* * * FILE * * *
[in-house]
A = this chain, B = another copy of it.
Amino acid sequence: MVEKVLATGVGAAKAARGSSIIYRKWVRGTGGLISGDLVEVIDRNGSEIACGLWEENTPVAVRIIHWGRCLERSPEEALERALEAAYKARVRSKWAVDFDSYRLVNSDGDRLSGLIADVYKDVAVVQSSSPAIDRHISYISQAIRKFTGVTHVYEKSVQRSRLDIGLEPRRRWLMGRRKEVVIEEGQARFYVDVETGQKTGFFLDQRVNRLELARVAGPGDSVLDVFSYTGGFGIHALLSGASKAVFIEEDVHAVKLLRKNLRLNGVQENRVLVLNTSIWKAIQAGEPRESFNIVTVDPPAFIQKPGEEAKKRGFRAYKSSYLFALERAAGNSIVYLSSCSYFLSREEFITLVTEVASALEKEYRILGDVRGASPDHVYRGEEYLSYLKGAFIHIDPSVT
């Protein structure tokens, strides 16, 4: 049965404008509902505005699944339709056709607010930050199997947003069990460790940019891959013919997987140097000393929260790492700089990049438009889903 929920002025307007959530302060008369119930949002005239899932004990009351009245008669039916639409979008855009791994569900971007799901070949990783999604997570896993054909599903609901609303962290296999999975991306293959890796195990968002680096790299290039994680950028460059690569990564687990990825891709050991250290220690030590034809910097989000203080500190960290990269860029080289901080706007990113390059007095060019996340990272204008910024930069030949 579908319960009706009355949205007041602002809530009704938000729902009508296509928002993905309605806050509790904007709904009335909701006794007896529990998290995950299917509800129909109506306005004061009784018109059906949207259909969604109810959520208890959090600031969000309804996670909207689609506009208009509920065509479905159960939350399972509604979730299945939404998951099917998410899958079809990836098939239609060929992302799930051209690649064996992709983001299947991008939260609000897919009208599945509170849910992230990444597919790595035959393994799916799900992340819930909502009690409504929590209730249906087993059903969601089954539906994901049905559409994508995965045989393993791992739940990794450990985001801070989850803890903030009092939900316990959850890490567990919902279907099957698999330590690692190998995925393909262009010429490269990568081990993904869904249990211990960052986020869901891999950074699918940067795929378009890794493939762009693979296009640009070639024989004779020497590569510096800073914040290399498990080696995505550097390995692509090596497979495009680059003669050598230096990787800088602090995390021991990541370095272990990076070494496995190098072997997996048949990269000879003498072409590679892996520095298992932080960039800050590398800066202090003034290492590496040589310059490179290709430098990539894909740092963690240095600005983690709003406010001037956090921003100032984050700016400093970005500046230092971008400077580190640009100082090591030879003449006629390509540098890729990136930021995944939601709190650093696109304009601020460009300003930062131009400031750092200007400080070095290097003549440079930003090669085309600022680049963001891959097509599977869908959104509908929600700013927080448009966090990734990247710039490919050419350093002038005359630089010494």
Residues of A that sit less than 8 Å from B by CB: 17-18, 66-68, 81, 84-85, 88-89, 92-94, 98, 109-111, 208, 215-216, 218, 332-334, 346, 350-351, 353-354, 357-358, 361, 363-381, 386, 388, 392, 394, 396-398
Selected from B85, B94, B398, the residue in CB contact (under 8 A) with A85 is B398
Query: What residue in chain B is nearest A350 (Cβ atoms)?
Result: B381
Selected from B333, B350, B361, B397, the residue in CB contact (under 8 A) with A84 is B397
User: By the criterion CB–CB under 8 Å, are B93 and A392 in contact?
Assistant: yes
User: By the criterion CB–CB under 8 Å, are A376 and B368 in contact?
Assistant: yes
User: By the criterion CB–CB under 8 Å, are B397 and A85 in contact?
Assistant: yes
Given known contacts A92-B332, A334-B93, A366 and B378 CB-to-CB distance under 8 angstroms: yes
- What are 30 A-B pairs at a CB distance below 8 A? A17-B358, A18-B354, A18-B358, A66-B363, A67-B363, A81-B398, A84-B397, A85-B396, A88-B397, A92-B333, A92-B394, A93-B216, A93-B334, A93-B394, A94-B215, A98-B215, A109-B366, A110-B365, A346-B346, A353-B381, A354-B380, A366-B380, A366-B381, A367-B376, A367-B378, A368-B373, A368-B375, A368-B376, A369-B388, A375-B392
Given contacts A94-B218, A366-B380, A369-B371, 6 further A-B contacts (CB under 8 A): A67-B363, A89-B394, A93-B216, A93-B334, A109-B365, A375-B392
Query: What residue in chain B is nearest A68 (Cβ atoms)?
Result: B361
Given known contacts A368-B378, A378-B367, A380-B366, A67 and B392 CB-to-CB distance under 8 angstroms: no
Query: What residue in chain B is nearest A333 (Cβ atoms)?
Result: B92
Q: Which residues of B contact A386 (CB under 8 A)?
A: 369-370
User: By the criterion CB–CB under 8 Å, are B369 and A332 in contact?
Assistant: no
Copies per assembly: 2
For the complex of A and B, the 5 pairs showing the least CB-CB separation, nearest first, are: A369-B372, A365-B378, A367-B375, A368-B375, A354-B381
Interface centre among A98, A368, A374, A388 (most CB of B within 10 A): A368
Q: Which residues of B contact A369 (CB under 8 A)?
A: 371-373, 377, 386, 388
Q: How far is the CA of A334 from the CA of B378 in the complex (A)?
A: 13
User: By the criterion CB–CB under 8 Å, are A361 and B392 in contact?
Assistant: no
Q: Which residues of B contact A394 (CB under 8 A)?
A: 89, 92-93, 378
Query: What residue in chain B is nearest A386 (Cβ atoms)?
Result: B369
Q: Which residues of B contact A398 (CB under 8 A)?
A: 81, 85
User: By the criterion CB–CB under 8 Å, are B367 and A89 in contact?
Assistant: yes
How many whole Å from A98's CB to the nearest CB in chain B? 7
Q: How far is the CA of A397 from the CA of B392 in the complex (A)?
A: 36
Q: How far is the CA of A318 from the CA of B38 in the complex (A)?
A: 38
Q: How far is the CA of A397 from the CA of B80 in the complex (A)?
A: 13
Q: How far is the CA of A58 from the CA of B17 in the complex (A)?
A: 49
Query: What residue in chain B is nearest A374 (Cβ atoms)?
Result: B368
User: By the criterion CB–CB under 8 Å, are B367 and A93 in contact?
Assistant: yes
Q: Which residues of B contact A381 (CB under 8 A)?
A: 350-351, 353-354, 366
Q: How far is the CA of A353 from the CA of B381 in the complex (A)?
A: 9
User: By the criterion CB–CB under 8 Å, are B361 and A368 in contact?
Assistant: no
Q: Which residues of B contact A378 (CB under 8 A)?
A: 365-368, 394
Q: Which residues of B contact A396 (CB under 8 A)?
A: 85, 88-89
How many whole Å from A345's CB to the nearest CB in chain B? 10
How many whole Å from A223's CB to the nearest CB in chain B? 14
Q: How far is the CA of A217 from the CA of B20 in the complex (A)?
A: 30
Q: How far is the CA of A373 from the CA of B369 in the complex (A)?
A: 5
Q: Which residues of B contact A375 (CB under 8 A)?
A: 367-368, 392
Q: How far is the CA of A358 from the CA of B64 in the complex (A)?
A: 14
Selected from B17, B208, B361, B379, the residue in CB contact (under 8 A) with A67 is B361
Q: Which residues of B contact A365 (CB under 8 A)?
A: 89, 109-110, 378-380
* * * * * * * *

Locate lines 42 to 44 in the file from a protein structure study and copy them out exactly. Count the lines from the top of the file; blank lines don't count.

A: 81, 85
User: By the criterion CB–CB under 8 Å, are B367 and A89 in contact?
Assistant: yes